14 Who’s in Your Circle of Protection? $8.9 billion: low-income housing programs $7.6 billion: supplemental nutrition for poor families (WIC) $2.5 billion: Low-Income Home Energy Assistance (LIHEAP) grants to poor families $2 billion: Homeless assistance grants $8.9 billion: cost of allowing mortgage interest deduction for vacation homes $6.7 billion: cost of estate planning techniques used to avoid taxes $2.5 billion: cost of tax breaks for oil companies (write-offs for drilling and oil well costs) $2.3 billion: cost of tax loopholes for managers of hedge funds and private equity funds

15 Bringing it Home: The impact on your state and local governments 1/3 of non-security discretionary spending goes to state and local governments Unemployment up. Fewer people spend money. Businesses suffer. Greater need for government services. Less revenues. States can’t run deficits. The federal government can.

16 Global Spending Cap Limits all federal spending (share of the economy) Keeps programs from growing Entitlement programs structured to grow when there’s more need Similar to balanced budget amendment

17 Global Spending Cap This is not 1970 –Baby boomers –Health care costs –Iraq and Afghanistan veterans’ benefits –Homeland security Forces draconian cuts (Medicaid and SNAP block grant) Responding to recessions and emergencies

18 Capping Spending = Higher Out of Pocket Costs

19 The Debt Ceiling Must-do item –Government’s credit limit –Full faith and credit of U.S. Government –Dangerous consequences on global economy Leverage Demanding huge changes that will force enormous cuts

20 The Gang of Six Serious Bipartisan Comprehensive proposal Moving intensely and quickly Based on Fiscal Commission’s recommendations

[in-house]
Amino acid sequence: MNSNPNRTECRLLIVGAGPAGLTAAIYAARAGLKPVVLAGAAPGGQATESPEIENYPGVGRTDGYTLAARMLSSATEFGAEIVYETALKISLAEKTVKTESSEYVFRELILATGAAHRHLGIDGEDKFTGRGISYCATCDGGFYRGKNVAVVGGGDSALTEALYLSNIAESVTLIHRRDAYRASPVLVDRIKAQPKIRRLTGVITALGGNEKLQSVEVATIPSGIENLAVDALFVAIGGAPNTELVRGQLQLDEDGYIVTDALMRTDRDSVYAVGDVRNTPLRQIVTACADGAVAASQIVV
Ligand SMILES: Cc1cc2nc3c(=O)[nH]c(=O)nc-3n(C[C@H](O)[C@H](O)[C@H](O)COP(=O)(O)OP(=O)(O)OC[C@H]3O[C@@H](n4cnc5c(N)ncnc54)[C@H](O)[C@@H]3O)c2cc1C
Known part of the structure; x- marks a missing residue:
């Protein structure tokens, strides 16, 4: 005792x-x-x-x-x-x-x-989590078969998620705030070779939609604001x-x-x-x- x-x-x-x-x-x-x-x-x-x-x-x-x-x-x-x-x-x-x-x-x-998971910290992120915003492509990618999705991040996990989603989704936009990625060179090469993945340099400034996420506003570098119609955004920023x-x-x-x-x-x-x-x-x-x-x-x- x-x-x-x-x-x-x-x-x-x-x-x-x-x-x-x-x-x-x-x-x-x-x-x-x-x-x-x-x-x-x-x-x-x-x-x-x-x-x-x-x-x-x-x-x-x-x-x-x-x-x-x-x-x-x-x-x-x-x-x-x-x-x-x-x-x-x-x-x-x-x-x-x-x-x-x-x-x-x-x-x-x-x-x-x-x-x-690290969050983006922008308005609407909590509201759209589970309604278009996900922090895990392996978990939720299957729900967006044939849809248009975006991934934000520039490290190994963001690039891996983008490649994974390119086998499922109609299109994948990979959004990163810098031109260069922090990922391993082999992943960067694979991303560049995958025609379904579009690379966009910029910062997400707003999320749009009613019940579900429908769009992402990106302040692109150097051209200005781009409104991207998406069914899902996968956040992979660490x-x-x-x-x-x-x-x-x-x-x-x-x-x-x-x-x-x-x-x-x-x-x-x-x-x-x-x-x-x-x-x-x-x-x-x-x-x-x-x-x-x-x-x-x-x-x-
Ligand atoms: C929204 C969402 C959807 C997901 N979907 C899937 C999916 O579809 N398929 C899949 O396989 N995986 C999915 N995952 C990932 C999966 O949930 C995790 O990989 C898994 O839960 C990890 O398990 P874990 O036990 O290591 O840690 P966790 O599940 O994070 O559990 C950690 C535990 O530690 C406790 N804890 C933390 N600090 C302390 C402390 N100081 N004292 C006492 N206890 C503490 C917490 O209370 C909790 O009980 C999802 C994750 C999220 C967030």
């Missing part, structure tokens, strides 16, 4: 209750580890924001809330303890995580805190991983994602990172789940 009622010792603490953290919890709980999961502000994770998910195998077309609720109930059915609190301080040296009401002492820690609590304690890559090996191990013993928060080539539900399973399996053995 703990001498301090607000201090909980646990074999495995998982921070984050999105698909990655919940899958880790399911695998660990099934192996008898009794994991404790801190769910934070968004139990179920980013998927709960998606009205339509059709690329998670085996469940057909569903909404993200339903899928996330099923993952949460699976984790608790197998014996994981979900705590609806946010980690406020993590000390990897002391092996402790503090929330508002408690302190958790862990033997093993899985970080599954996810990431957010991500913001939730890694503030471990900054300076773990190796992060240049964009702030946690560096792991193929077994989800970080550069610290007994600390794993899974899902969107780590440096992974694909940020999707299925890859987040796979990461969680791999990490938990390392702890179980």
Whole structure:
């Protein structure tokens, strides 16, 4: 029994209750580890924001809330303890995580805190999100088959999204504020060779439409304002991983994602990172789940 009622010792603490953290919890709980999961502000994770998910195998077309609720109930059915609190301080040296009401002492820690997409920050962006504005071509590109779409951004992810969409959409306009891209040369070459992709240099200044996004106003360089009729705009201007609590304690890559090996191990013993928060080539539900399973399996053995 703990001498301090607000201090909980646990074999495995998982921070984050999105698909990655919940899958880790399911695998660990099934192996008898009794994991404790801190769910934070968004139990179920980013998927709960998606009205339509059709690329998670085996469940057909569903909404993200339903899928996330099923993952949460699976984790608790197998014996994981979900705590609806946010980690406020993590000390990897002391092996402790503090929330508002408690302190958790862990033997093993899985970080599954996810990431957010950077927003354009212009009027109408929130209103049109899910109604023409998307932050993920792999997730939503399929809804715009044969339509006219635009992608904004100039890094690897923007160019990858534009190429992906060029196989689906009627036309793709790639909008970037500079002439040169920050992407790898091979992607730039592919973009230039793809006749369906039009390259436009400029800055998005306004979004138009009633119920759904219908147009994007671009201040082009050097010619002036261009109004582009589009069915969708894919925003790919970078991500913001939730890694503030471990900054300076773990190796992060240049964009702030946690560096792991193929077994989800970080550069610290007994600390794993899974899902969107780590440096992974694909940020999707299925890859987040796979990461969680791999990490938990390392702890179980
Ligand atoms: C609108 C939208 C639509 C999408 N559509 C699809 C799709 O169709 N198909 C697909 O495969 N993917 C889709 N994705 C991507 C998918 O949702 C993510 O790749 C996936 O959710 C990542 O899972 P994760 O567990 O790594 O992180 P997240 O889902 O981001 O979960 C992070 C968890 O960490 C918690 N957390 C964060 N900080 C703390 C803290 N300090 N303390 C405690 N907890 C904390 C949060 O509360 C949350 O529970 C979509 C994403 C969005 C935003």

21 Balanced and Responsible Deficit Reduction: Protect low-income programs from cuts Everything must be on the table, including revenues and military spending Balance spending cuts with revenues Slow the growth of health care costs system-wide Annual caps on discretionary spending (ONLY if part of a comprehensive bill)

22 Historical Precedent: Protecting the Poor in Deficit Reduction Gramm-Rudman Act 1990 Budget Enforcement Act (and expanded EITC) 1993 deficit reduction (expanded the EITC and SNAP) 1997 deficit reduction (created the Children’s Health Insurance Program) Statutory Paygo Act of 2010

23 What will it take to reduce our deficits Math Look to all areas of the budget Tough choices Bipartisanship Your voice

24 Get fired up!

25 What can I do?

26 “How can I make my voice heard?” Organize a meeting with your Member of Congress during the Congressional recess: Apr 16 - May 1 (NCJW) Letter to Congress from faith leaders in your community (NCC) Letters to the editor from people in your congregation (Network) Public Prayer vigil (let media and members of congress know!) (NCC) Organize your own workshop like this one using this powerpoint as a blueprint, or games like this (MCC) Action alerts in your community (AFSC) Sunday service additions (UCC prayers) Collect and share stories template (JCPA) Learn more! (CBPP, CHN, etc)

27 “How can I make my voice heard?” Organize a meeting with your Member of Congress during the Congressional recess: Apr 16 - May 1 (NCJW) Letter to Congress from faith leaders in your community (NCC) Letters to the editor from people in your congregation (Network) Public Prayer vigil (let media and members of congress know!) (NCC) Organize your own workshop like this one using this powerpoint as a blueprint, or games like this (MCC) Action alerts in your community (AFSC) Sunday service additions (UCC prayers) Collect and share stories template (JCPA) Learn more! (CBPP, CHN, etc)